Such are the two systems. Which was that of the Apostles ?

We do not require that the Roman unity, completely organized, should be pointed out to us in their writings ; we ask that at least the germs of it should be shown, and even this cannot be done.

We do find there, in ail its breadth, the idea of a spiritual unity, a unity based on the sole fact of believing in Jesus Christ, and of having Him for a common Master, the Church existing only because there are Churches, because there are Christians. We see a St. Paul, or St. John, or St. Peter writing to these Churches, giving them directions of every kind, and nowhere speaking to them of any visible bond established, or to be established, between them. They may, no doubt, if they think it right, have common chiefs, but this will only be a matter of human arrangement ; and from the silence of the Epistles it is indisputable that the Apostles did not establish this unity, that when they spoke of the Church, they meant the general body of Christians, and that it was only to the Church, so understood, that they gave that beautiful name of Bride of Christ, her glory on earth, and her crown in heaven.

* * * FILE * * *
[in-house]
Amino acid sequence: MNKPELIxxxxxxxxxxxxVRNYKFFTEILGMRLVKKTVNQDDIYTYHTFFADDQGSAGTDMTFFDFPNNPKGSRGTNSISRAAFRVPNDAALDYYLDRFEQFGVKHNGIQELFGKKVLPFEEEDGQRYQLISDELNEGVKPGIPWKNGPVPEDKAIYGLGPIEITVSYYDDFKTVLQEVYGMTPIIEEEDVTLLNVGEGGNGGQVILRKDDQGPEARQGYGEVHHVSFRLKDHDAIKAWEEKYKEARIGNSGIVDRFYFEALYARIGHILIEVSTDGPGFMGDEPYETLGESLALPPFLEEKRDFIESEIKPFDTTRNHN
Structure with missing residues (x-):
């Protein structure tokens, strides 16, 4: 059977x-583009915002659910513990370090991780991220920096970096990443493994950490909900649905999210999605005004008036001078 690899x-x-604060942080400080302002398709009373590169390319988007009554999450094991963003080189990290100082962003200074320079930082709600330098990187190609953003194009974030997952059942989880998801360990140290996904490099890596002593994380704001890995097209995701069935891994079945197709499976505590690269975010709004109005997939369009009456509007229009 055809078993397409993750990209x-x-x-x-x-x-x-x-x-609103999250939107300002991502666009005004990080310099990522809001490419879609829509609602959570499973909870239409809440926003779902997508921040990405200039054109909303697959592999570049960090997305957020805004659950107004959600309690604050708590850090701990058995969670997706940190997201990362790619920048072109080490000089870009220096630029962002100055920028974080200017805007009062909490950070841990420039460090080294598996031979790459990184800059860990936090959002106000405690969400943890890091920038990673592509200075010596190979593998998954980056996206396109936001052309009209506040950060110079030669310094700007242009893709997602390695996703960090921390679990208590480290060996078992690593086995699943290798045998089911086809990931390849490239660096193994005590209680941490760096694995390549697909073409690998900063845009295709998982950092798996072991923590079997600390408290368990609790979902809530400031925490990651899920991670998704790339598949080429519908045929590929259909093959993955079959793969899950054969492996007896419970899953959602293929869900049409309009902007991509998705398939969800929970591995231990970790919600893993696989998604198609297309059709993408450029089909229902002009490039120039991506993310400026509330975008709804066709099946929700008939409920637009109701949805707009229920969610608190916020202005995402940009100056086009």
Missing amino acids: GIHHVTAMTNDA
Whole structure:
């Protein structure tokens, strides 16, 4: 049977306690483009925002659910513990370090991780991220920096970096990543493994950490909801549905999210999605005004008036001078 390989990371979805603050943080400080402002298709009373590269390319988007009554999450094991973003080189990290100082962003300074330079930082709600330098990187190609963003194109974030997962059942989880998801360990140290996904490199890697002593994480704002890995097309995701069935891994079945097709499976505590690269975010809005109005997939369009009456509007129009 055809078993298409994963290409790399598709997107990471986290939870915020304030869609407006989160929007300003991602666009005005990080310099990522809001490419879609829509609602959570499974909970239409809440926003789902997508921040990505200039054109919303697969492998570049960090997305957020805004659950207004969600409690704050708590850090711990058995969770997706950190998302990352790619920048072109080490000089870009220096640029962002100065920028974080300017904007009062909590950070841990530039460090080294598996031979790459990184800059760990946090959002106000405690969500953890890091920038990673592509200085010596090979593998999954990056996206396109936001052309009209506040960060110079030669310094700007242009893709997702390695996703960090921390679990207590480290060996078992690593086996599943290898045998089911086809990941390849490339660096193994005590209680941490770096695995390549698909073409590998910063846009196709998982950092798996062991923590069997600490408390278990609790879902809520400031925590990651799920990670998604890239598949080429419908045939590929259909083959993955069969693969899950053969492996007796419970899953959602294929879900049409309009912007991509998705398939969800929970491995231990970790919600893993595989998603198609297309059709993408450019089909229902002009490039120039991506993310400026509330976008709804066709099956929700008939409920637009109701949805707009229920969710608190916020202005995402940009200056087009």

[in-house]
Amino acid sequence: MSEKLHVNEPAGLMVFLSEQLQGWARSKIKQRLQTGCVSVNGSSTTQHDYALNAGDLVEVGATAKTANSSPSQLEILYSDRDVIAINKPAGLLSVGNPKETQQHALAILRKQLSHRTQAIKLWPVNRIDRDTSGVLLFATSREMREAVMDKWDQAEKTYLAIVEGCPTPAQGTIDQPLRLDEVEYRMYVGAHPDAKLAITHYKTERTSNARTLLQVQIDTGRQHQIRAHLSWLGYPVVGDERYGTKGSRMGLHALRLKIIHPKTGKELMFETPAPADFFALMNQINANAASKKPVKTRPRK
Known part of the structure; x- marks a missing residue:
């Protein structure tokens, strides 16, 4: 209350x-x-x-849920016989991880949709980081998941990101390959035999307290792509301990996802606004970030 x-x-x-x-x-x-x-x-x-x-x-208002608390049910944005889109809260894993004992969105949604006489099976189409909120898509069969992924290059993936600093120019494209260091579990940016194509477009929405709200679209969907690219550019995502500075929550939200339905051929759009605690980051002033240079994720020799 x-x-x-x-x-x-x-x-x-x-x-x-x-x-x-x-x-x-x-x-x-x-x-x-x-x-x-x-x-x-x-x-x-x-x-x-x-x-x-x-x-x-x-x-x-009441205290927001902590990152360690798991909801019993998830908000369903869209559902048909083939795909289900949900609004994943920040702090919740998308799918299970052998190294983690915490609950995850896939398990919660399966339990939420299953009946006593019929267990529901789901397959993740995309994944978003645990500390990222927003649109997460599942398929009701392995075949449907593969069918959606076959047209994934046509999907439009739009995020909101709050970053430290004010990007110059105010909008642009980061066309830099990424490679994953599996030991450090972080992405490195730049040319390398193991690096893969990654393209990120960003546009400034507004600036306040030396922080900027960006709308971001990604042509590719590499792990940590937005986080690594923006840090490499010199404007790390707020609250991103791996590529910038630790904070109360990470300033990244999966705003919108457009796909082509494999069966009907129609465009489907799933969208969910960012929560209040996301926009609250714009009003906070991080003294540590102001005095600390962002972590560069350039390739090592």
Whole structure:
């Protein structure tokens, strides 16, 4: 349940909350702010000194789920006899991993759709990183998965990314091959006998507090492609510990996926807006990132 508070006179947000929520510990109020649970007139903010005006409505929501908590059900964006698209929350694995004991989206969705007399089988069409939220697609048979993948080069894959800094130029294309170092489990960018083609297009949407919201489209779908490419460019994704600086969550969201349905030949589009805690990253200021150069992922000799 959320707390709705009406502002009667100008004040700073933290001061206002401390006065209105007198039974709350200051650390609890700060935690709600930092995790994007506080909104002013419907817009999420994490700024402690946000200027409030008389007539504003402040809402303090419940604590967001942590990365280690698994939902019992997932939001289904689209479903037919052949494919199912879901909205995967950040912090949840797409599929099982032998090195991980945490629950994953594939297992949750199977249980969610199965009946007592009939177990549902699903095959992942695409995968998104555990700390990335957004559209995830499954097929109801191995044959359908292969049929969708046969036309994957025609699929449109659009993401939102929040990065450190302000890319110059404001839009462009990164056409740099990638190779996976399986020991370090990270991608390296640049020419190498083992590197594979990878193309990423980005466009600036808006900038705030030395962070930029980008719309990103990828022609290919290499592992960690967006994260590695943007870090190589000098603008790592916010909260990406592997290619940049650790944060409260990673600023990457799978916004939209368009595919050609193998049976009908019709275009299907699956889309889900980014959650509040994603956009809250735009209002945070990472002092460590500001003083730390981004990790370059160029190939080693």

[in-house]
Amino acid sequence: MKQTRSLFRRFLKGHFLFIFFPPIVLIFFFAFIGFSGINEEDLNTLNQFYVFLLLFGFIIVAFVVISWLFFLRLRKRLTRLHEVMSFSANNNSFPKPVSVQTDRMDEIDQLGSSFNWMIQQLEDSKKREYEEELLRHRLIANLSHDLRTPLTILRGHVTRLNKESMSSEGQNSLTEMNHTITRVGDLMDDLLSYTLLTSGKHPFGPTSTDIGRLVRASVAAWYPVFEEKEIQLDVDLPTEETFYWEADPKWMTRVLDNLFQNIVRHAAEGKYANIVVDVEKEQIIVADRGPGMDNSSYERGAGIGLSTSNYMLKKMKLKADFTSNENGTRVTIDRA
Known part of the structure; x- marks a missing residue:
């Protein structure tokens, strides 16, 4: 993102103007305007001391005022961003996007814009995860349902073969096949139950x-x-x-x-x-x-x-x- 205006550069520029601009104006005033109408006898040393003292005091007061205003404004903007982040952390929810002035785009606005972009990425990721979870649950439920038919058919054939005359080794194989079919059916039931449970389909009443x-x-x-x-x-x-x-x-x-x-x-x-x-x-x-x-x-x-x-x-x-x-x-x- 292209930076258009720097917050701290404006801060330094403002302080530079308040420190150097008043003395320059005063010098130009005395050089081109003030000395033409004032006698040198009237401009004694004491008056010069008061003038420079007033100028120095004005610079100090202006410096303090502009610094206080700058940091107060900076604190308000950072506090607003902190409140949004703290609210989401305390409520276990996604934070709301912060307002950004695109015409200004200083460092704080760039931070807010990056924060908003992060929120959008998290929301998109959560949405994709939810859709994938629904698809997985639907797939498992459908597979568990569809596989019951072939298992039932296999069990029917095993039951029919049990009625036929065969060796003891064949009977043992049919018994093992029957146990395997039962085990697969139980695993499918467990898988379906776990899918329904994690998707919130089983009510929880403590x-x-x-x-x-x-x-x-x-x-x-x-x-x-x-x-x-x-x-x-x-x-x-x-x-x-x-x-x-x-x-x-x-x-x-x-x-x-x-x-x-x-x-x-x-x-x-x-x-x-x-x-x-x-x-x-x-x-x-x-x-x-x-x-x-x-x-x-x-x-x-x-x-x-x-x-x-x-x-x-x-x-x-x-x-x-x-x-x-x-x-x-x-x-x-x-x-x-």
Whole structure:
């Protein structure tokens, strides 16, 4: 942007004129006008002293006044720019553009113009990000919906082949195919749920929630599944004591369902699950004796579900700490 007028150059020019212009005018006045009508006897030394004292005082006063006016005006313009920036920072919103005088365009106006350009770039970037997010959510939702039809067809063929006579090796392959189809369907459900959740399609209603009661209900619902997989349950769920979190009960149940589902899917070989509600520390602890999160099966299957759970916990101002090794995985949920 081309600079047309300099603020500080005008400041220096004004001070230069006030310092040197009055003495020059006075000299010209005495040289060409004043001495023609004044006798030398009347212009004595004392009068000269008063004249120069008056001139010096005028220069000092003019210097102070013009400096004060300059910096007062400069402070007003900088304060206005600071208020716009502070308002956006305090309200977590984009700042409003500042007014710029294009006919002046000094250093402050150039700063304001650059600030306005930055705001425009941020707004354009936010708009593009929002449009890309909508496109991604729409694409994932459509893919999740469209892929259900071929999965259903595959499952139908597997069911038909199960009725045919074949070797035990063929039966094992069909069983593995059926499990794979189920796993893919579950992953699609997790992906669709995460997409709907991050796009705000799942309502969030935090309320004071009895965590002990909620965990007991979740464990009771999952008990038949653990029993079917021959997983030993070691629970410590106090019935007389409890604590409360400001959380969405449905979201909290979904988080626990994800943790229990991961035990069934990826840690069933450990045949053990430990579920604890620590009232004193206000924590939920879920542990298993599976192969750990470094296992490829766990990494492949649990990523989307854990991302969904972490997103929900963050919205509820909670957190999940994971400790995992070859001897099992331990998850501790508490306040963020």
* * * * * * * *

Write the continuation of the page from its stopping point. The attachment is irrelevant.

Abandoning, therefore, all thought of dependence on the instructions given by the Apostles, and on what the early days of the Church teach us, the Roman Church has had to seek elsewhere for the foundation of that visible unity which she was constituting. Pretensions such as hers could only reason-ably have for their basis a divine right, an absolute command of God. She sought, therefore, for such a command among the facts that preceded the writings of the Apostles ; and she pretended that she had found it in those words addressed by Christ to one of them : ` Thou art Peter, and on this rock I will build my Church.'